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J Infect Dis. 2016 Mar 15;213(6):883-90. doi: 10.1093/infdis/jiv517. Epub 2015 Oct 30.

Improving Control of Antibiotic-Resistant Gonorrhea by Integrating Research Agendas Across Disciplines: Key Questions Arising From Mathematical Modeling.

Author information

1
Department of Immunology and Infectious Diseases Department of Epidemiology, Center for Communicable Disease Dynamics, Harvard T. H. Chan School of Public Health, and Division of Infectious Diseases, Brigham and Women's Hospital, Harvard Medical School, Boston, Massachusetts.
2
Department of Epidemiology, Center for Communicable Disease Dynamics, Harvard T. H. Chan School of Public Health, and.
3
Department of Immunology and Infectious Diseases Department of Epidemiology, Center for Communicable Disease Dynamics, Harvard T. H. Chan School of Public Health, and.
4
Modelling and Economics Unit, Centre for Infectious Disease Surveillance and Control, Public Health England MRC Centre for Outbreak Analysis and Modelling NIHR Health Protection Research Unit in Modelling Methodology, School of Public Health, Imperial College London, United Kingdom.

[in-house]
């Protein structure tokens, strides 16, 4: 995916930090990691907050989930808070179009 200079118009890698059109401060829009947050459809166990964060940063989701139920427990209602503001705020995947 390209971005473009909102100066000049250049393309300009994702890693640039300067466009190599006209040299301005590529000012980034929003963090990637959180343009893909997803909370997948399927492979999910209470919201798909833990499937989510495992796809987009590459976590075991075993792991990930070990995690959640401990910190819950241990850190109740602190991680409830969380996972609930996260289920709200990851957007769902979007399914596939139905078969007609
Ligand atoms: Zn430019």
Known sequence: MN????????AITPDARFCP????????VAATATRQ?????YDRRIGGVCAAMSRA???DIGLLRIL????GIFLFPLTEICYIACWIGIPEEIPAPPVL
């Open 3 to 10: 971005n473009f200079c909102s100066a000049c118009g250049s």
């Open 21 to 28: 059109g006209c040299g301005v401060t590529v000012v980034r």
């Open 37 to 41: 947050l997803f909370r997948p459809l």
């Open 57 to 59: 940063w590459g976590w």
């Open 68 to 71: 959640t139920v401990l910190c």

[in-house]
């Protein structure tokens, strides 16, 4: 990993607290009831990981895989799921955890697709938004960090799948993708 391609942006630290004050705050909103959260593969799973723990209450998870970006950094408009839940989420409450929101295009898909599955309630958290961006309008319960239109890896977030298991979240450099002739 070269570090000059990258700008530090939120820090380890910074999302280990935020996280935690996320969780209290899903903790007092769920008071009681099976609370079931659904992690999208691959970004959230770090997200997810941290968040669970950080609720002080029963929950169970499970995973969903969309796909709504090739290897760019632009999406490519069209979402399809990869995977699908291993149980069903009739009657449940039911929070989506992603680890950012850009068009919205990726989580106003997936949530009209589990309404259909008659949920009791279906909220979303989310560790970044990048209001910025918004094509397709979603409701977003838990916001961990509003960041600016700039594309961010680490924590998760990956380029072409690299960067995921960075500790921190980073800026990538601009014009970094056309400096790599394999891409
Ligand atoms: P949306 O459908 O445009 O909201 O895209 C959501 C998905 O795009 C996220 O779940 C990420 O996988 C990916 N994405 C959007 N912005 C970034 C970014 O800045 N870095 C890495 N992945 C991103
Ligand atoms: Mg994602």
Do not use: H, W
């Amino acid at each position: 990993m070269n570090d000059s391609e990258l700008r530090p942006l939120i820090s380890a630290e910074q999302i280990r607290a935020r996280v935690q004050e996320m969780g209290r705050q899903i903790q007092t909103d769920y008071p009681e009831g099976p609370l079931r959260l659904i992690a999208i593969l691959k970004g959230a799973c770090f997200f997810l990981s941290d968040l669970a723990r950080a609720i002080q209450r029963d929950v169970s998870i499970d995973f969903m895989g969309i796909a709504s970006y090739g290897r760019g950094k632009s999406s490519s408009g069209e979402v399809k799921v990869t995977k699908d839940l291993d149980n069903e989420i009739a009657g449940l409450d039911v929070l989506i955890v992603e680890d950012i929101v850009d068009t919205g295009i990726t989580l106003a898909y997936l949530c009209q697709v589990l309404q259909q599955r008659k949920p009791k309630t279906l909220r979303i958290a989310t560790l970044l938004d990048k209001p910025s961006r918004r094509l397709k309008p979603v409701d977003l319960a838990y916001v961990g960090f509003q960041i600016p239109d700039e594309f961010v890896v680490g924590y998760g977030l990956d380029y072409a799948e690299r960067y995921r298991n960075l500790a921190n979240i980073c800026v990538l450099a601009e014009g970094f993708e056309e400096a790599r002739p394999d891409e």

Abstract

The rise in gonococcal antibiotic resistance and the threat of untreatable infection are focusing attention on strategies to limit the spread of drug-resistant gonorrhea. Mathematical models provide a framework to link the natural history of infection and patient behavior to epidemiological outcomes and can be used to guide research and enhance the public health impact of interventions. While limited knowledge of key disease parameters and networks of spread has impeded development of operational models of gonococcal transmission, new tools in gonococcal surveillance may provide useful data to aid tracking and modeling. Here, we highlight critical questions in the management of gonorrhea that can be addressed by mathematical models and identify key data needs. Our overarching aim is to articulate a shared agenda across gonococcus-related fields from microbiology to epidemiology that will catalyze a comprehensive evidence-based clinical and public health strategy for management of gonococcal infections and antimicrobial resistance.

KEYWORDS:

Neisseria gonorrhoeae; antibiotic resistance; gonorrhea; immunity; mathematical modeling; sexually transmitted infections; vaccine

PMID:
26518045
PMCID:
PMC4760416
DOI:
10.1093/infdis/jiv517
[Indexed for MEDLINE]
Free PMC Article

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